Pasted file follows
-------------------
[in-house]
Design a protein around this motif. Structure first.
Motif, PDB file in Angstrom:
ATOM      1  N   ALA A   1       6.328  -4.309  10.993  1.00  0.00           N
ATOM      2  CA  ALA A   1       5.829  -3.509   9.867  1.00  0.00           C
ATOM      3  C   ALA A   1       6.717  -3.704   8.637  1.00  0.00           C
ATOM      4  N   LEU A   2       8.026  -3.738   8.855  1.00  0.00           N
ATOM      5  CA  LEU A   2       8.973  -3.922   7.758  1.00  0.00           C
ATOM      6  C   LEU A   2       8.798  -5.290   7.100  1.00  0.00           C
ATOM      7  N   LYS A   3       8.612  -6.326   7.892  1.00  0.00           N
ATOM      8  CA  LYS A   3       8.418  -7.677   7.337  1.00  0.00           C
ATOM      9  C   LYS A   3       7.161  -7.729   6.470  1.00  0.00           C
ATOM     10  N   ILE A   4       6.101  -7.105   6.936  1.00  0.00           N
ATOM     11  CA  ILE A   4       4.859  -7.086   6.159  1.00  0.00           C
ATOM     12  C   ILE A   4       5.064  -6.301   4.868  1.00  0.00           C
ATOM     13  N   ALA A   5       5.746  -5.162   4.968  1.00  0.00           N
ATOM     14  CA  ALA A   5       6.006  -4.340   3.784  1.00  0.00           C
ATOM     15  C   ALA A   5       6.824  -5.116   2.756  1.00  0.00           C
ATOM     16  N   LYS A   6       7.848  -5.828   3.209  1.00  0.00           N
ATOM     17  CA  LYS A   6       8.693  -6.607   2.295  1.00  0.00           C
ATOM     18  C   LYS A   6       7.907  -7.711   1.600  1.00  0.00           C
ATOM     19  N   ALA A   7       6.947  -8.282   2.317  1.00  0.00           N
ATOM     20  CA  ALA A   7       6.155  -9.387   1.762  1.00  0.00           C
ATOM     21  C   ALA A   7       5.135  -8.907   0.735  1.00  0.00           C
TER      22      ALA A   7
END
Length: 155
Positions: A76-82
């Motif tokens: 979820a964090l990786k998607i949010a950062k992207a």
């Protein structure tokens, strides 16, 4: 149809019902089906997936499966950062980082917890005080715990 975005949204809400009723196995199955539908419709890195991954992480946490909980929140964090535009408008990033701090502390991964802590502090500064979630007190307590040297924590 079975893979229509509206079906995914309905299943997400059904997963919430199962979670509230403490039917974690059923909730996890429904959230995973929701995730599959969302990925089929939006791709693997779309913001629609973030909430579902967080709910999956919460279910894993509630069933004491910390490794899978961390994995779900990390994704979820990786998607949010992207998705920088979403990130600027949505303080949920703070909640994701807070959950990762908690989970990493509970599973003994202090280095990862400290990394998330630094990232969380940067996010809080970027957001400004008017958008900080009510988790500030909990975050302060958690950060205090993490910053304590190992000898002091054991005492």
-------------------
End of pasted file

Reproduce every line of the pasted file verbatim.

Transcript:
[in-house]
Design a protein around this motif. Structure first.
Motif, PDB file in Angstrom:
ATOM      1  N   ALA A   1       6.328  -4.309  10.993  1.00  0.00           N
ATOM      2  CA  ALA A   1       5.829  -3.509   9.867  1.00  0.00           C
ATOM      3  C   ALA A   1       6.717  -3.704   8.637  1.00  0.00           C
ATOM      4  N   LEU A   2       8.026  -3.738   8.855  1.00  0.00           N
ATOM      5  CA  LEU A   2       8.973  -3.922   7.758  1.00  0.00           C
ATOM      6  C   LEU A   2       8.798  -5.290   7.100  1.00  0.00           C
ATOM      7  N   LYS A   3       8.612  -6.326   7.892  1.00  0.00           N
ATOM      8  CA  LYS A   3       8.418  -7.677   7.337  1.00  0.00           C
ATOM      9  C   LYS A   3       7.161  -7.729   6.470  1.00  0.00           C
ATOM     10  N   ILE A   4       6.101  -7.105   6.936  1.00  0.00           N
ATOM     11  CA  ILE A   4       4.859  -7.086   6.159  1.00  0.00           C
ATOM     12  C   ILE A   4       5.064  -6.301   4.868  1.00  0.00           C
ATOM     13  N   ALA A   5       5.746  -5.162   4.968  1.00  0.00           N
ATOM     14  CA  ALA A   5       6.006  -4.340   3.784  1.00  0.00           C
ATOM     15  C   ALA A   5       6.824  -5.116   2.756  1.00  0.00           C
ATOM     16  N   LYS A   6       7.848  -5.828   3.209  1.00  0.00           N
ATOM     17  CA  LYS A   6       8.693  -6.607   2.295  1.00  0.00           C
ATOM     18  C   LYS A   6       7.907  -7.711   1.600  1.00  0.00           C
ATOM     19  N   ALA A   7       6.947  -8.282   2.317  1.00  0.00           N
ATOM     20  CA  ALA A   7       6.155  -9.387   1.762  1.00  0.00           C
ATOM     21  C   ALA A   7       5.135  -8.907   0.735  1.00  0.00           C
TER      22      ALA A   7
END
Length: 155
Positions: A76-82
């Motif tokens: 979820a964090l990786k998607i949010a950062k992207a």
């Protein structure tokens, strides 16, 4: 149809019902089906997936499966950062980082917890005080715990 975005949204809400009723196995199955539908419709890195991954992480946490909980929140964090535009408008990033701090502390991964802590502090500064979630007190307590040297924590 079975893979229509509206079906995914309905299943997400059904997963919430199962979670509230403490039917974690059923909730996890429904959230995973929701995730599959969302990925089929939006791709693997779309913001629609973030909430579902967080709910999956919460279910894993509630069933004491910390490794899978961390994995779900990390994704979820990786998607949010992207998705920088979403990130600027949505303080949920703070909640994701807070959950990762908690989970990493509970599973003994202090280095990862400290990394998330630094990232969380940067996010809080970027957001400004008017958008900080009510988790500030909990975050302060958690950060205090993490910053304590190992000898002091054991005492």